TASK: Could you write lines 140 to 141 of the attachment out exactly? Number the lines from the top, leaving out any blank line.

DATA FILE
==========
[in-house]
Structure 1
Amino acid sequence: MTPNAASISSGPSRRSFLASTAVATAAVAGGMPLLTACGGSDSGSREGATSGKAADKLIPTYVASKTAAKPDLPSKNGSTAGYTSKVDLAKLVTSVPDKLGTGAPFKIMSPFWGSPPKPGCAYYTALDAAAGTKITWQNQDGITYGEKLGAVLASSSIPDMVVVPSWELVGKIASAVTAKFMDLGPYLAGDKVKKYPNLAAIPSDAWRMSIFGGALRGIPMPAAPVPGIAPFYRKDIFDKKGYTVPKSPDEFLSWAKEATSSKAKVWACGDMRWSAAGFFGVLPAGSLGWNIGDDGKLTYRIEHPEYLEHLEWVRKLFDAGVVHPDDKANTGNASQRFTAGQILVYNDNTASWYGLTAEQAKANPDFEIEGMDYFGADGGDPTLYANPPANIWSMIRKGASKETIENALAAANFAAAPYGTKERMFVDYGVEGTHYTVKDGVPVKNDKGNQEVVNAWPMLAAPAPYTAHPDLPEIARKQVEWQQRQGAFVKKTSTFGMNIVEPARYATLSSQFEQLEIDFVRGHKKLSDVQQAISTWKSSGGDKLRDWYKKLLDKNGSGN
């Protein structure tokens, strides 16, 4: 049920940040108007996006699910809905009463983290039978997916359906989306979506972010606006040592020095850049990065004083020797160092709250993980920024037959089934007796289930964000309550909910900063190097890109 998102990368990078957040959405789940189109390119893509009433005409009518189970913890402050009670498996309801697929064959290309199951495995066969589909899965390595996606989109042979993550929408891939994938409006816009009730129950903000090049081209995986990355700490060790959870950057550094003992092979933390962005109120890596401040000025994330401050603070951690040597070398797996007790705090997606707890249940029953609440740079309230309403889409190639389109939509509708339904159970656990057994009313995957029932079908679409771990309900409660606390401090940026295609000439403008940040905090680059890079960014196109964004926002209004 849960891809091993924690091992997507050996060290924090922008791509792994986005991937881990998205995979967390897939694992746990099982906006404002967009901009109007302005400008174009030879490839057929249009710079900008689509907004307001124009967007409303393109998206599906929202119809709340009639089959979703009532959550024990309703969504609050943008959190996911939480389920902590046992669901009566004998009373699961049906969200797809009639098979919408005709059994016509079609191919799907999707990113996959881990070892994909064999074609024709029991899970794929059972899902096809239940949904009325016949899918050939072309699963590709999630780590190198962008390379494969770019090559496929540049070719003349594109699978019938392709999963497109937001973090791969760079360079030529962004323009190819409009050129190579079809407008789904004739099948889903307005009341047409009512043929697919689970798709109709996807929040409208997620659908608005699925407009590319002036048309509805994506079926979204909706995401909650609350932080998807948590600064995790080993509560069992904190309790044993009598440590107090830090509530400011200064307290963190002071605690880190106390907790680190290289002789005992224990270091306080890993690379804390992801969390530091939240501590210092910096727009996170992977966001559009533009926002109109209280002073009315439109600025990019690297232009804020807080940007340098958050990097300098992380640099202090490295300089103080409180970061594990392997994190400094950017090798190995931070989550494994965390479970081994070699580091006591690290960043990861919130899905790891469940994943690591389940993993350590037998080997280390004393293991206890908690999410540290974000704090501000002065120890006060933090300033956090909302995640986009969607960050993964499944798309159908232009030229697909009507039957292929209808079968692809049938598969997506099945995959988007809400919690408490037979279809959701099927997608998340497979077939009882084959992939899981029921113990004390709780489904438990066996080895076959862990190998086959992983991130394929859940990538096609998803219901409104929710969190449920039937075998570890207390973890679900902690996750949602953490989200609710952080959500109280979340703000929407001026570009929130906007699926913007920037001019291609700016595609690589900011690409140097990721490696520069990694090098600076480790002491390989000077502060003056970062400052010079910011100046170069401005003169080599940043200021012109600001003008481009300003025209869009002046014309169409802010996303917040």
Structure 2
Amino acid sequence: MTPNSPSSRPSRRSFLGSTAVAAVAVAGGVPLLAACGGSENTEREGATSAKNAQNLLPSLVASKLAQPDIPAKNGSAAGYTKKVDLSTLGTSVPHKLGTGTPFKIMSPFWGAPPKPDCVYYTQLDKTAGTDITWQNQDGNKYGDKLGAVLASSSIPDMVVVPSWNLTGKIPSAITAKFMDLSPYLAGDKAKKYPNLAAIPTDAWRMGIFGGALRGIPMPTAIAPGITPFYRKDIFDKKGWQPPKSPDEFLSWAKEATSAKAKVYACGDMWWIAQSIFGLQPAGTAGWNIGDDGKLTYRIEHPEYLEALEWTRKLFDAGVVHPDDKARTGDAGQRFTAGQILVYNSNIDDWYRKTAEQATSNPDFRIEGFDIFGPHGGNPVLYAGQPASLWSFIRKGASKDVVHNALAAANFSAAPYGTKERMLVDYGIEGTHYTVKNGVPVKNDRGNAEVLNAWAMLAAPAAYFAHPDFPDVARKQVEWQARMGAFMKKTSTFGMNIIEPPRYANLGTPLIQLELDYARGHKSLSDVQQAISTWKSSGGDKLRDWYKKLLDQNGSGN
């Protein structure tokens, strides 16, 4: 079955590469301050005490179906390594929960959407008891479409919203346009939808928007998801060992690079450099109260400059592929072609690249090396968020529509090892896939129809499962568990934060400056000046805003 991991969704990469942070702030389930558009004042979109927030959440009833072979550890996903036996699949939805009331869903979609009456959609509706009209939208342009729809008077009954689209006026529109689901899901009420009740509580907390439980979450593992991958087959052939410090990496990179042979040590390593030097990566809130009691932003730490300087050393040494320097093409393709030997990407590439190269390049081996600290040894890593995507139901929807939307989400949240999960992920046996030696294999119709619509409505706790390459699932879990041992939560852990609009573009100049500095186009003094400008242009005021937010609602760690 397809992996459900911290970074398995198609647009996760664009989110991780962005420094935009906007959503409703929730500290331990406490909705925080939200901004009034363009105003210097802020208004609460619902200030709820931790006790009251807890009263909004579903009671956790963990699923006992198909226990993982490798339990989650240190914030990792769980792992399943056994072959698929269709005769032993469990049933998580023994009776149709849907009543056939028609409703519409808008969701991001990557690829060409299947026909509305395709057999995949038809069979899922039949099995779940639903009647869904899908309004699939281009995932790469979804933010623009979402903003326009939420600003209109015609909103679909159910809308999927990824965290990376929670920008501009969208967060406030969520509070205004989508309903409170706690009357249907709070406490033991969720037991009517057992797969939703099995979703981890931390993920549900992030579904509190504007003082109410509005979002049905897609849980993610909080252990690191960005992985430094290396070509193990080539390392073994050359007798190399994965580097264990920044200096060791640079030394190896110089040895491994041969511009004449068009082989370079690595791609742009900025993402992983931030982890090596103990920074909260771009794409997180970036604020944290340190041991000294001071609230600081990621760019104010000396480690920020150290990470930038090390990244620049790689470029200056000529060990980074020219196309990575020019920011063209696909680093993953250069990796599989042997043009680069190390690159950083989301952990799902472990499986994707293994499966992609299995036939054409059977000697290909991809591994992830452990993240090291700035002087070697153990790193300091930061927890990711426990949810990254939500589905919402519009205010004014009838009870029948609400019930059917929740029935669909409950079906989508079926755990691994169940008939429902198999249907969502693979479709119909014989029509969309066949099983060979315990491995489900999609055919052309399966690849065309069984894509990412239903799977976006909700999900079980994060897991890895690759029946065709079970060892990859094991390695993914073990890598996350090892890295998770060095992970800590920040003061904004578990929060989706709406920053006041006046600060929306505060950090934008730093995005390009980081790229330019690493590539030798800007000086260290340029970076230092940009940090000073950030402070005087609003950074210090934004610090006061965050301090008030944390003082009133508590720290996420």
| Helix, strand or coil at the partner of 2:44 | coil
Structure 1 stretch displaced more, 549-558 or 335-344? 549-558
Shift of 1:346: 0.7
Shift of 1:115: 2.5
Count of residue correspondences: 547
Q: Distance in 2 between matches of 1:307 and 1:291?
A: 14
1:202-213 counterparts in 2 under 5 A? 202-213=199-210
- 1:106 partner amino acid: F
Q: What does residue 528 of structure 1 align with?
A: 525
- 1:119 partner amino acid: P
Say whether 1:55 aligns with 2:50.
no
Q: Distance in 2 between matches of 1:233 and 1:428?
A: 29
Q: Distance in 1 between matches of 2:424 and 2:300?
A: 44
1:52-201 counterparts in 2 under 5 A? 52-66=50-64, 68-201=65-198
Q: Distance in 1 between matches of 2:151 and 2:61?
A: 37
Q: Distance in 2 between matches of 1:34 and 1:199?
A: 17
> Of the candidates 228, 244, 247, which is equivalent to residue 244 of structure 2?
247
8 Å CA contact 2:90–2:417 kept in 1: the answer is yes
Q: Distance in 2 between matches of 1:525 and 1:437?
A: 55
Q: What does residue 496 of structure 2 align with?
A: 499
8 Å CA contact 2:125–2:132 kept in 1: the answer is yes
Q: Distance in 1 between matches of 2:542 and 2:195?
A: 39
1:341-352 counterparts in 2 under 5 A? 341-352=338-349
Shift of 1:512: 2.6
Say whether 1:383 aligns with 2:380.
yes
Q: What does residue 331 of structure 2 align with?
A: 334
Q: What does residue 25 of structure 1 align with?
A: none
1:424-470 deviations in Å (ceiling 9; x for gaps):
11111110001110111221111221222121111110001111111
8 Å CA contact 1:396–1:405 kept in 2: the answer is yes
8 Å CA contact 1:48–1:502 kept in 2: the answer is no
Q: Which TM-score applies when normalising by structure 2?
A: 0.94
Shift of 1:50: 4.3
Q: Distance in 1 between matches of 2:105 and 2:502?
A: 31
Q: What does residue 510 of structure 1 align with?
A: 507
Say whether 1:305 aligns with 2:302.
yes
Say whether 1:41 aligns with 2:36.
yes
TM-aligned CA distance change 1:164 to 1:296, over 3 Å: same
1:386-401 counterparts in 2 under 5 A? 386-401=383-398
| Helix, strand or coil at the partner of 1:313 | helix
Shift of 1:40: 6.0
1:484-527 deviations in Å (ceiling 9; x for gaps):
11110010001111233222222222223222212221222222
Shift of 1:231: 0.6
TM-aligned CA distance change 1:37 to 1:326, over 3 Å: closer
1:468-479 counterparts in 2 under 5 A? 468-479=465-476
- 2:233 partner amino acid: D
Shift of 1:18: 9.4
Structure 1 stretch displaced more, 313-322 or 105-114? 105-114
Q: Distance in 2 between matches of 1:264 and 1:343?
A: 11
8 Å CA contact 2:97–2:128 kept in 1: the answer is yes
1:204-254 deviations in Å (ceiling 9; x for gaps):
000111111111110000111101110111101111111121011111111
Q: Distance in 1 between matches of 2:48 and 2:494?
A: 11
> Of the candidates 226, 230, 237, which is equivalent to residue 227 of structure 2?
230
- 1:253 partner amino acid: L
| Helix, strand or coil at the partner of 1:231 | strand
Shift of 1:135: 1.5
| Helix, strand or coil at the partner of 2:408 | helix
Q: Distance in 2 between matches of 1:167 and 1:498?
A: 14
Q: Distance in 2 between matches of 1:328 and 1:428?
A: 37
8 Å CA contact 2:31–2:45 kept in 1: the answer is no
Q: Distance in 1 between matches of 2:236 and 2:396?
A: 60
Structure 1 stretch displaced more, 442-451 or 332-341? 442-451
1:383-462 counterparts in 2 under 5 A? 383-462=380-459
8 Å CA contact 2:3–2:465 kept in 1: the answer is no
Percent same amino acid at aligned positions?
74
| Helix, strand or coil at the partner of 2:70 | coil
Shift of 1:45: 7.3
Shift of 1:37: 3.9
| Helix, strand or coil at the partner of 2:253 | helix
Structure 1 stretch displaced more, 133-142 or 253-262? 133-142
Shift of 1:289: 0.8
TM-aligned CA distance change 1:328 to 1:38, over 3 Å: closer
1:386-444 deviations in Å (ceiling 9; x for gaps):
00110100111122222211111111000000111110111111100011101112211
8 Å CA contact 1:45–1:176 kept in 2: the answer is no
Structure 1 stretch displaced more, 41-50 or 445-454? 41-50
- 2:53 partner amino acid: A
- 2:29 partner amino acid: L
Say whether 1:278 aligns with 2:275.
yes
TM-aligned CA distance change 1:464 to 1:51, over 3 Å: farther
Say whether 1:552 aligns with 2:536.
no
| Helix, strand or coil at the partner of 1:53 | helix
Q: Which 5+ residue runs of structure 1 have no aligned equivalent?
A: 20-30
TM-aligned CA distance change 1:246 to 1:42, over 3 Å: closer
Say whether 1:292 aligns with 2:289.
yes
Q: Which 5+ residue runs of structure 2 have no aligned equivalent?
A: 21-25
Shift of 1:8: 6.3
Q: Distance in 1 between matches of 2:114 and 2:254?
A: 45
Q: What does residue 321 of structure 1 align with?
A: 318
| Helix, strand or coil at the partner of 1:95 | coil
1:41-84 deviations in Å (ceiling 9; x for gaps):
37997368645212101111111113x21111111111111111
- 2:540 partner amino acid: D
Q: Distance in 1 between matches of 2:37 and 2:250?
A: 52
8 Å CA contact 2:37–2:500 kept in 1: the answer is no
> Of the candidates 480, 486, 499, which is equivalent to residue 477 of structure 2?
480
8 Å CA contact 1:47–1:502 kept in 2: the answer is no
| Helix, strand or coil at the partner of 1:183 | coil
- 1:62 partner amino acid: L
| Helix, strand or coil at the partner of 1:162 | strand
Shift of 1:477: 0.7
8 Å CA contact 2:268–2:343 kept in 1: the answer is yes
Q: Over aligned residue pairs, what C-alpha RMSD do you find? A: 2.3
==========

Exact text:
480
8 Å CA contact 1:47–1:502 kept in 2: the answer is no